Opponents of a total disinvestment approach highlight the methodological flaws of using average estimates of effect drawn from populations; they argue that an intervention may be beneficial for an individual patient and should be an option, even if a last resort. An alternative strategy is optimal targeting: identifying subgroups in which an intervention is most clinically and cost effective. For example grommets, widely cited as a disinvestment candidate,1 were evaluated as part of the 2006 pilot. NICE guidance ultimately identified a subgroup of patients in whom they may be a viable option.9

Disinvestment is part of a broader agenda to improve efficiency and quality focusing on public health and prevention and ensuring that patients receive the right care at the right time in the right way. Although this approach releases resources in the long term, it may entail investment in the short term. It is very important to make the distinction between improving the efficiency of care and saving money. Disinvestment may also necessitate increased use of an alternative or re-engineering of the clinical pathway. Such decisions should be supported by rigorous evaluations (including modelling) of the costs and consequences of different courses of action.

NICE’s experience is that its advisory bodies tend to require more information and less uncertainty before they say no, particularly if decisions are likely to be controversial. This evidence is often not available for older treatments that were introduced before the current standards of evidence based medicine. Generally there is an absence of evidence, particularly for subgroups, rather than evidence of no effect or of harm. Methods such as consensus techniques, integrating the evidence from systematic reviews with social values and preferences, and prospective data collection may be required to reach a disinvestment decision. A transparent stakeholder engagement and consultation process is crucial. Ideally, in the absence of evidence, the necessary research would be undertaken.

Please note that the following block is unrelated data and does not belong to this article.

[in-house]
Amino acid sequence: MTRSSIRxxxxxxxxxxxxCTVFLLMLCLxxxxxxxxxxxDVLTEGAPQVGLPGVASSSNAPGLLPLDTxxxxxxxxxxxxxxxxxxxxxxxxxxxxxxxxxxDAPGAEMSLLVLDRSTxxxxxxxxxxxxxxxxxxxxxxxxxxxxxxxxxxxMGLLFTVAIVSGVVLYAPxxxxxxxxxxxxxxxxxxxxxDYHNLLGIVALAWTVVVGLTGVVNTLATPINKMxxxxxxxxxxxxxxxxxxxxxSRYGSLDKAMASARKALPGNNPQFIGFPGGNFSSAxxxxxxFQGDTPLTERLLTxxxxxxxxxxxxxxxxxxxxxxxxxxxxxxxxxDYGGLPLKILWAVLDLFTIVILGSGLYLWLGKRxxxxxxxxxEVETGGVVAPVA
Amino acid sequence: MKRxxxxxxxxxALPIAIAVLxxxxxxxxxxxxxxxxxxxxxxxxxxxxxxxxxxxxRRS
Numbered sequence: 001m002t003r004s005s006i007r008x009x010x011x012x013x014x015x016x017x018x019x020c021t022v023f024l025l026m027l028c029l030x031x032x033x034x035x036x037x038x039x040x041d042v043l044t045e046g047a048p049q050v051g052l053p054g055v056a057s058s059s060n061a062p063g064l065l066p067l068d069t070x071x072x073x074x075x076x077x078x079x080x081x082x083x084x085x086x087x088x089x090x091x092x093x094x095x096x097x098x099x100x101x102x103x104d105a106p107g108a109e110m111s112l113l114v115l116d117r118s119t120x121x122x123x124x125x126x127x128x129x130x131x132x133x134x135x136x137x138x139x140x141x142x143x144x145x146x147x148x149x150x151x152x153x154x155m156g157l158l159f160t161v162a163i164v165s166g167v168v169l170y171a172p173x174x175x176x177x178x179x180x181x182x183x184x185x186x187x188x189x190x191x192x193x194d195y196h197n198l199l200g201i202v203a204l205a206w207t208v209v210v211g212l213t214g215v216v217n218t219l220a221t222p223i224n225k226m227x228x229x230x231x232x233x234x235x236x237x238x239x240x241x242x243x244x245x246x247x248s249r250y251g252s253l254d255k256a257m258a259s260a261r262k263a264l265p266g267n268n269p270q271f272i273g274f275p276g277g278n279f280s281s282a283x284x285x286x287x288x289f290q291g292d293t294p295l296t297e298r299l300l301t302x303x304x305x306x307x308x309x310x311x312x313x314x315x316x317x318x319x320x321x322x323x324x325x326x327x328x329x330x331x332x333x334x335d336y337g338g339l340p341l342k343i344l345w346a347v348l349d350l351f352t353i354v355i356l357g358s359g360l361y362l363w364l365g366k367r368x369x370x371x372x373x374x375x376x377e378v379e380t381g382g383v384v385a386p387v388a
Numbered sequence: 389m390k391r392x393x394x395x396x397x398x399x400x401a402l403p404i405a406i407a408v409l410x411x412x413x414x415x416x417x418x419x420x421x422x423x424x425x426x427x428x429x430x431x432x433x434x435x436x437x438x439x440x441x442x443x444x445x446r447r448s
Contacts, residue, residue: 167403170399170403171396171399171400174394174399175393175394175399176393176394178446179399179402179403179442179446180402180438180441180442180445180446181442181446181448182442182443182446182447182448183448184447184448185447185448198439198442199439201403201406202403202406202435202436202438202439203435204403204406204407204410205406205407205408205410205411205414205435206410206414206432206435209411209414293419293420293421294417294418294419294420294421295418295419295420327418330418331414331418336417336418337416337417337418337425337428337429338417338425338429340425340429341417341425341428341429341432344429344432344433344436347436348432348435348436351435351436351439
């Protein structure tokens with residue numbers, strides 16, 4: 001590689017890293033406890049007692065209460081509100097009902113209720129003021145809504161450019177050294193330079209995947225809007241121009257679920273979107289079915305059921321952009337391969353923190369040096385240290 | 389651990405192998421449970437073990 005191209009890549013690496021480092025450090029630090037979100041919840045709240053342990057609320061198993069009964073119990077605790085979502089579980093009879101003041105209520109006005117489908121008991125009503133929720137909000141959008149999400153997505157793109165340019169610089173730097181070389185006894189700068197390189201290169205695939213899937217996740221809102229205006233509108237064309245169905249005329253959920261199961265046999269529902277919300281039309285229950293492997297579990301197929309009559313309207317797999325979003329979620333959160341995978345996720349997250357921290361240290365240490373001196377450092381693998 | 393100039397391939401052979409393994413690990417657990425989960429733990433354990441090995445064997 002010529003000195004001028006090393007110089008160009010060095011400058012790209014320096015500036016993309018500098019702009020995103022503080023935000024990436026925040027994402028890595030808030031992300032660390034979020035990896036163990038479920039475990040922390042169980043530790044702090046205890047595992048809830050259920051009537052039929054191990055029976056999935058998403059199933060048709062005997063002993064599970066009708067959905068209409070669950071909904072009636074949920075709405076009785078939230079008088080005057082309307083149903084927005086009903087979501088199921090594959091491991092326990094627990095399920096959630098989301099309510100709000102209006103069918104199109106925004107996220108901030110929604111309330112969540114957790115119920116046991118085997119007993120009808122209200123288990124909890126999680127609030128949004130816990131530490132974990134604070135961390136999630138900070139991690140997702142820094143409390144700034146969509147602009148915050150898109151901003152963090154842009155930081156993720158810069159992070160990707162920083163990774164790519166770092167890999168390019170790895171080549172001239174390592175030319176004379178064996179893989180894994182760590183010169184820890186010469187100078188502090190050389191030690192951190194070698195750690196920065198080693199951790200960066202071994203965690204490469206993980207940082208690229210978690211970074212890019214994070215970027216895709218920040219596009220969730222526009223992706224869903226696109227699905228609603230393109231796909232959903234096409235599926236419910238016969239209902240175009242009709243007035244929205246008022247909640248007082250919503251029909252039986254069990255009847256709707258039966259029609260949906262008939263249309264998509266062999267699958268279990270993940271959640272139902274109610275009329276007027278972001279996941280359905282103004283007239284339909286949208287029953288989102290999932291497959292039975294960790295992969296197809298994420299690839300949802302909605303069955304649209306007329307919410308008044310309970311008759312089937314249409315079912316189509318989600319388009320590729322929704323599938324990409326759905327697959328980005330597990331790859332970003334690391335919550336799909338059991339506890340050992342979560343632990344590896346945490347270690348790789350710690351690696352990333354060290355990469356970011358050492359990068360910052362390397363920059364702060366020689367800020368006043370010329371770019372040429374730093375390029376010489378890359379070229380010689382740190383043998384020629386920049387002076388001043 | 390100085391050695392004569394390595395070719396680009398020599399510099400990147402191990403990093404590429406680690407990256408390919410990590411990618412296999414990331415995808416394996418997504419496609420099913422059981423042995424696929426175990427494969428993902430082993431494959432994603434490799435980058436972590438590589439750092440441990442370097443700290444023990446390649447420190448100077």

Currently the biggest challenge to the NHS Quality and Productivity agenda is a lack of detailed NHS data on usage. Although data are available on drug use in primary care, they are not indication specific and there is no equivalent freely available dataset for secondary care. In many cases, activity datasets such as Hospital Episode Statistics lack the necessary precision. Customised data collection for each disinvestment candidate would be prohibitively expensive with current resources and could exceed national spend on the actual disinvestment candidate. Lack of data also makes it difficult to track implementation, and there is no mandate for the NHS to implement NICE’s “do not do” guidance.

Without data, it is also difficult to identify the subgroups necessary to fully understand variation in care and therefore determine realistic potential savings. Claims of NHS wastage cannot currently be verified or refuted; anecdotal evidence from NHS clinicians indicated that in many cases the candidate interventions were already not being used in the NHS. However, current evidence suggests that disinvestment is unlikely to achieve the huge savings required to meet tightened NHS budgets.

Notes

Cite this as: BMJ 2011;343:d4519

Footnotes

  • Contributors and sources: The authors are both employed by the National Institute for Health and Clinical Excellence. This article is based on their experience with NICE and disinvestment over the past 10 years. Neither author has any competing interests. The authors are grateful to Adam Elshaug for his comments on the draft.

  • Competing interests All authors have completed the ICJME unified disclosure form at www.icmje.org/coi_disclosure.pdf (available on request from the corresponding author) and declare no support from any organisation for the submitted work; no financial relationships with any organisation that might have an interest in the submitted work in the previous three years; and no other relationships or activities that could appear to have influenced the submitted work.

  • Provenance and peer review: Not commissioned; externally peer reviewed.

References